"Okay then,” she said, with a smug smile, “You can have the kitchen day after tomorrow. But let me make this very clear- if you break any of my plates or burn anything, it will be the last time that you would ever step foot in my kitchen. Have I made myself clear?”
"Yes, Amma, thank you," and I turned to leave.
"By the way," she said, "what do you plan on cooking?"
"Mutton Biriyani," I said and ran away before Amma could change her mind.
I entered the kitchen at around 9:30 in the morning. I figured I would need at least 3 hours to cook, plus an additional hour as a buffer, in case something went wrong, and Amma had to swoop in to make some khichdi for lunch. But that was the worst-case scenario.
Why did I chose such a complicated dish, something that even experienced cooks have trouble getting right?
Well, I did not have any reason as such except that I loved biriyani. It wasn't something that I ate often, but, when I did, Oh boy! It was closest I could get to achieving ‘nirvana’. The tenderness of the meat, the aroma, the flavour- it was an emotion on a plate. I will fight anyone who says it is an overhyped dish. Plus, I knew that if I nailed it, Amma wouldn't have anything to use against me, and we would finally be able to move past the Great Big Fiasco of Grade 9 (sorry, I'm too embarrassed to say what it was).
I had all my ingredients ready- the mutton was defrosting, the onions were in the sink, so were the tomatoes, chillies, curry leaves, mint, and coriander. Theoretically, I was an expert biriyani maker- I had watched the YouTube video a million times and even wrote the recipe down on paper. But I had to prove it practically.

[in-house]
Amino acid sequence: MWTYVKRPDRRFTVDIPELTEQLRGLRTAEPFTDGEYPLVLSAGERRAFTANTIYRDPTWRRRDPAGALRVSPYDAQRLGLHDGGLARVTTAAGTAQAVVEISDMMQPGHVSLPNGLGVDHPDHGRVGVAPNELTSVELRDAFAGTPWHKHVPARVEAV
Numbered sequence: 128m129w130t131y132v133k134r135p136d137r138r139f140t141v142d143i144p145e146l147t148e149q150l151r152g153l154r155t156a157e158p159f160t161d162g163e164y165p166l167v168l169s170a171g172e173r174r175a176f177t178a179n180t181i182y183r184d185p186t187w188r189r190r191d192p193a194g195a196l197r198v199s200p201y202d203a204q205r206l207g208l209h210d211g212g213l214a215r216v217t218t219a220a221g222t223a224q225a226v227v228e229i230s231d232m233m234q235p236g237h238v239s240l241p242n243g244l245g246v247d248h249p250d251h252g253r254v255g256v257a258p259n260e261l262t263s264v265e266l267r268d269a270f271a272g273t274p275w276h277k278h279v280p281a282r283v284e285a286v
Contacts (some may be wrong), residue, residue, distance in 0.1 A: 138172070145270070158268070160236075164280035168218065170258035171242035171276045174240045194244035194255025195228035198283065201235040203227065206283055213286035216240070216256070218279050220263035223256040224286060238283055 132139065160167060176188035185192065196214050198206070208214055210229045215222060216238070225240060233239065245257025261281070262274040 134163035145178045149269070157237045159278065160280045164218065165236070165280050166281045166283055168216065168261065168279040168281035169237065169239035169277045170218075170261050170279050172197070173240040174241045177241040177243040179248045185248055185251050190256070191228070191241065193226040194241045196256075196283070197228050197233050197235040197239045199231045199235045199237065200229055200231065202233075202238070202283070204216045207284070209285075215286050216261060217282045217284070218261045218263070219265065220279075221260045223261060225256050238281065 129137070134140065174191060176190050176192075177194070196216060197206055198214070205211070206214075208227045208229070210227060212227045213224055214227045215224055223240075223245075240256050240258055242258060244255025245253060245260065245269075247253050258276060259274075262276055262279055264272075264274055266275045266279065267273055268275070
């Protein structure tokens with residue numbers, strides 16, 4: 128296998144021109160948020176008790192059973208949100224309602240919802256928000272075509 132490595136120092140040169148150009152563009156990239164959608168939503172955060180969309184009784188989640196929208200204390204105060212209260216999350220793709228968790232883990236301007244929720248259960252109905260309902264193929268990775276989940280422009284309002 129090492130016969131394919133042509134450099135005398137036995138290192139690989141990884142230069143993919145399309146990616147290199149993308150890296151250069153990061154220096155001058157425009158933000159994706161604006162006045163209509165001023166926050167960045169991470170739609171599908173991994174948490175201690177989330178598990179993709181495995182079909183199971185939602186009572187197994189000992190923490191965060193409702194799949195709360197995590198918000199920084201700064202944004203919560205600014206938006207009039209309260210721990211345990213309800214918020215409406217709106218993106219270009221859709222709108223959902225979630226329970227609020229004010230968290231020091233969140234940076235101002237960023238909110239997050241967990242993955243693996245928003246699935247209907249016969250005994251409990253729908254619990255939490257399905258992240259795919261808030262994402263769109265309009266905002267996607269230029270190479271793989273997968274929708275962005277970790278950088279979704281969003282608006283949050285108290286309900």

9:45 a.m- I took the mutton out, and it was the most beautiful piece of meat I had ever seen- tender and glistening under the light. I cleaned it thoroughly and marinated it with just salt and pepper, the basic flavours, nothing too fancy- to balance the taste at the end. The satisfying crunch of the pepper grinder was music to my ears. The mutton went into the pressure cooker, and I set it on high flame. The first task was done and I was off to a good start.
10:10 a.m.- Chop, chop… snap, snap.. zrrr
I was falling into a steady rhythm. Onions were chopped and sliced, tomatoes were cubed and kept in a separate bowl. The satisfying snap of coriander and its earthy smell, the heat from green chillies, the tanginess of mint leaves… It was exhilarating! Even the mutton had cooked perfectly! Everything was going well… till I encountered something that could potentially derail my entire cook.
10:45 a.m.- Garlic. Ugh. Whoever decided to use garlic in food must have been a sadist- never before had a vegetable given me so much trouble. After what seemed like a lifetime of peeling, I had exactly four cloves of garlic in front of me, and I needed at least ten. I had almost chopped my finger off, trying to get the damn peels off; I was sweaty, and I was irritated that something as trivial as garlic could throw away all my plans when my mom decided to pop in to "see how it was going." Oh no no no- I could not let her see me like that. I shooed her away and got back to peeling. I now understood why garlic was used to ward off evil- even Satan himself wouldn't want to be stuck peeling this vile vegetable.